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A review and meta-analysis of cancer risks in relation to Portland cement exposure
  1. Sarah S Cohen,
  2. Margaret M Sadoff,
  3. Xiaohui Jiang,
  4. Jon P Fryzek,
  5. David H Garabrant
  1. EpidStat Institute, Ann Arbor, Michigan, USA
  1. Correspondence to Dr Sarah S Cohen, EpidStat Institute, 2100 Commonwealth Blvd, Suite 203, Ann Arbor, MI 48105 USA; sarah{at}epidstat.com

Abstract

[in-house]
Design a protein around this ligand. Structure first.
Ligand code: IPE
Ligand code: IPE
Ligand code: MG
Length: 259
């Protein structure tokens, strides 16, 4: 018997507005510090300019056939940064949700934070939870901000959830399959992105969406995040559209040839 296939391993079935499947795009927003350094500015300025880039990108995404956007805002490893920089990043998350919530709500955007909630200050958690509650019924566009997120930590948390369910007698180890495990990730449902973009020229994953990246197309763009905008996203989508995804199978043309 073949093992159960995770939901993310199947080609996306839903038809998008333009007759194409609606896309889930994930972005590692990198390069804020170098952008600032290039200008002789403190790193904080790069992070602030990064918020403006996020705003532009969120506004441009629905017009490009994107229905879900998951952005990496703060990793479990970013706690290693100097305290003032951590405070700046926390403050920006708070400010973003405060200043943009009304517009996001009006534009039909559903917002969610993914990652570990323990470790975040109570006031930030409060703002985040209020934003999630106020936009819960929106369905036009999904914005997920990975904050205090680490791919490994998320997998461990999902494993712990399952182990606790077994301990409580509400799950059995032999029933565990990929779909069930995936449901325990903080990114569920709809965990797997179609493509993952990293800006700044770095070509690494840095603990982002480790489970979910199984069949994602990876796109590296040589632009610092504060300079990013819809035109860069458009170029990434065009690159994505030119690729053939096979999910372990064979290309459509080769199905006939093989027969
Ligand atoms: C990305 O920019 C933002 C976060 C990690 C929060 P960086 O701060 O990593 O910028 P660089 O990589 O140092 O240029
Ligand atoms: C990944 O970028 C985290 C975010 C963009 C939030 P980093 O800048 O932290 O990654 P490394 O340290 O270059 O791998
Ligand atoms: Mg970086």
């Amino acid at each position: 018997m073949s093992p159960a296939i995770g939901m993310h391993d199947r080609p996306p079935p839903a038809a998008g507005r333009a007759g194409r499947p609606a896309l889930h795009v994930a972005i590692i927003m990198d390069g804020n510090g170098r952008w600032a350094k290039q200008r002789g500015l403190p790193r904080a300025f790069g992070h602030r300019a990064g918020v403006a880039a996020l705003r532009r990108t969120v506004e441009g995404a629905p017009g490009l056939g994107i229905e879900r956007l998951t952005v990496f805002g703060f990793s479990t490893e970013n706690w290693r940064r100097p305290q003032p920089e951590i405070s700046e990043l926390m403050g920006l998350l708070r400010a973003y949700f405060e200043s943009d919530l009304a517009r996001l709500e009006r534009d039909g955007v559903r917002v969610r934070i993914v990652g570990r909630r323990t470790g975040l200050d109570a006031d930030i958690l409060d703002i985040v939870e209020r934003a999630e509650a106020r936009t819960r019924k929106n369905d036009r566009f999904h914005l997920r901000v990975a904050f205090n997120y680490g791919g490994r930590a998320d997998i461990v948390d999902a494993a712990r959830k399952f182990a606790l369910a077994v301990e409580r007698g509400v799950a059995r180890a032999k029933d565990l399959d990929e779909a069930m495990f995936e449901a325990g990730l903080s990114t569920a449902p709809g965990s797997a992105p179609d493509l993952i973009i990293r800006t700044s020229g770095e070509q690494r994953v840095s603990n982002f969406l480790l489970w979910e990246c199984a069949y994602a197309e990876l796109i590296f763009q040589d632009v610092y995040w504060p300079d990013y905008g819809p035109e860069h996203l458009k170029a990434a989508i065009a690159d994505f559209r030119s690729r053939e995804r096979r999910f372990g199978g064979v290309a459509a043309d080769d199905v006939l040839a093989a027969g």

Workers engaged in the production of Portland cement may come into contact with potential occupational hazards, but existing epidemiological studies show wide variation in risk estimates for cancer incidence and mortality in relation to cement exposure. This report identified studies of cement workers and associations with cancer incidence and mortality in a systematic review and meta-analysis. A systematic review according to the PRISMA guidelines was conducted to identify studies of Portland cement workers and cancer outcomes. Meta-analyses were performed using random effects models for all cancers combined and for each cancer site with three or more reported measures of risk. A total of 26 studies were included in the review (14 occupational cohort studies and 12 case–control studies). Overall, the meta-relative risks did not provide convincing evidence for increased risks of any cancers in relation to cement exposure. Meta-SMR and 95% CIs were 0.94 (0.76 to 1.16) for six studies reporting all cancers combined, 0.93 (0.62 to 1.39) for seven studies reporting on lung cancer, 1.07 (0.72 to 1.59) for five studies reporting on stomach cancer, and 1.05 (0.79 to 1.40) for four studies reporting on colorectal cancer. Meta-relative risks for cancer incidence were similarly null for all sites with the exception of colorectal cancer which had a borderline statistically significant elevated risk (SIR=1.38, 95% CI 1.02 to 1.88). Overall, the meta-relative risks calculated across 26 published studies do not provide evidence of increased risks for cancer in relation to cement exposure.

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